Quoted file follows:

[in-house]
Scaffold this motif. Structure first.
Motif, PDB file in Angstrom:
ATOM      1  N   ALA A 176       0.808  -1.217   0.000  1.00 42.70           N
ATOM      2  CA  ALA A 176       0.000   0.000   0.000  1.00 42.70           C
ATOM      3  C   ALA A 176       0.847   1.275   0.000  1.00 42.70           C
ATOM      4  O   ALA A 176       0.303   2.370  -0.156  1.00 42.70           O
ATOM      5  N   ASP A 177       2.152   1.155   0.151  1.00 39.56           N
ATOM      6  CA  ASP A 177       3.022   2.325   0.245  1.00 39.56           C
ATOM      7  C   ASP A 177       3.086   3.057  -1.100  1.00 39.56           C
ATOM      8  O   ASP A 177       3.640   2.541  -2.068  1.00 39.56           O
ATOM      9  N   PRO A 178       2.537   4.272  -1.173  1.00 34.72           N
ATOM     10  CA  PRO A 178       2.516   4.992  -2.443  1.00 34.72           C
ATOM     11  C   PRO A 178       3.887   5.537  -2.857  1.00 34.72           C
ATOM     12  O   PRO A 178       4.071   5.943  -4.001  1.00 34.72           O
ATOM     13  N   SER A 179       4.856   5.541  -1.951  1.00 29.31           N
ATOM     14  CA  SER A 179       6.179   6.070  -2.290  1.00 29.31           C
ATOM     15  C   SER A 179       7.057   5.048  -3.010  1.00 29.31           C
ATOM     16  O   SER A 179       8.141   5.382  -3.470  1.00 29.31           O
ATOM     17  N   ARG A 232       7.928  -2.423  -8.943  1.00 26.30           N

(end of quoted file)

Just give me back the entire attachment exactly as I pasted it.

[in-house]
Scaffold this motif. Structure first.
Motif, PDB file in Angstrom:
ATOM      1  N   ALA A 176       0.808  -1.217   0.000  1.00 42.70           N
ATOM      2  CA  ALA A 176       0.000   0.000   0.000  1.00 42.70           C
ATOM      3  C   ALA A 176       0.847   1.275   0.000  1.00 42.70           C
ATOM      4  O   ALA A 176       0.303   2.370  -0.156  1.00 42.70           O
ATOM      5  N   ASP A 177       2.152   1.155   0.151  1.00 39.56           N
ATOM      6  CA  ASP A 177       3.022   2.325   0.245  1.00 39.56           C
ATOM      7  C   ASP A 177       3.086   3.057  -1.100  1.00 39.56           C
ATOM      8  O   ASP A 177       3.640   2.541  -2.068  1.00 39.56           O
ATOM      9  N   PRO A 178       2.537   4.272  -1.173  1.00 34.72           N
ATOM     10  CA  PRO A 178       2.516   4.992  -2.443  1.00 34.72           C
ATOM     11  C   PRO A 178       3.887   5.537  -2.857  1.00 34.72           C
ATOM     12  O   PRO A 178       4.071   5.943  -4.001  1.00 34.72           O
ATOM     13  N   SER A 179       4.856   5.541  -1.951  1.00 29.31           N
ATOM     14  CA  SER A 179       6.179   6.070  -2.290  1.00 29.31           C
ATOM     15  C   SER A 179       7.057   5.048  -3.010  1.00 29.31           C
ATOM     16  O   SER A 179       8.141   5.382  -3.470  1.00 29.31           O
ATOM     17  N   ARG A 232       7.928  -2.423  -8.943  1.00 26.30           N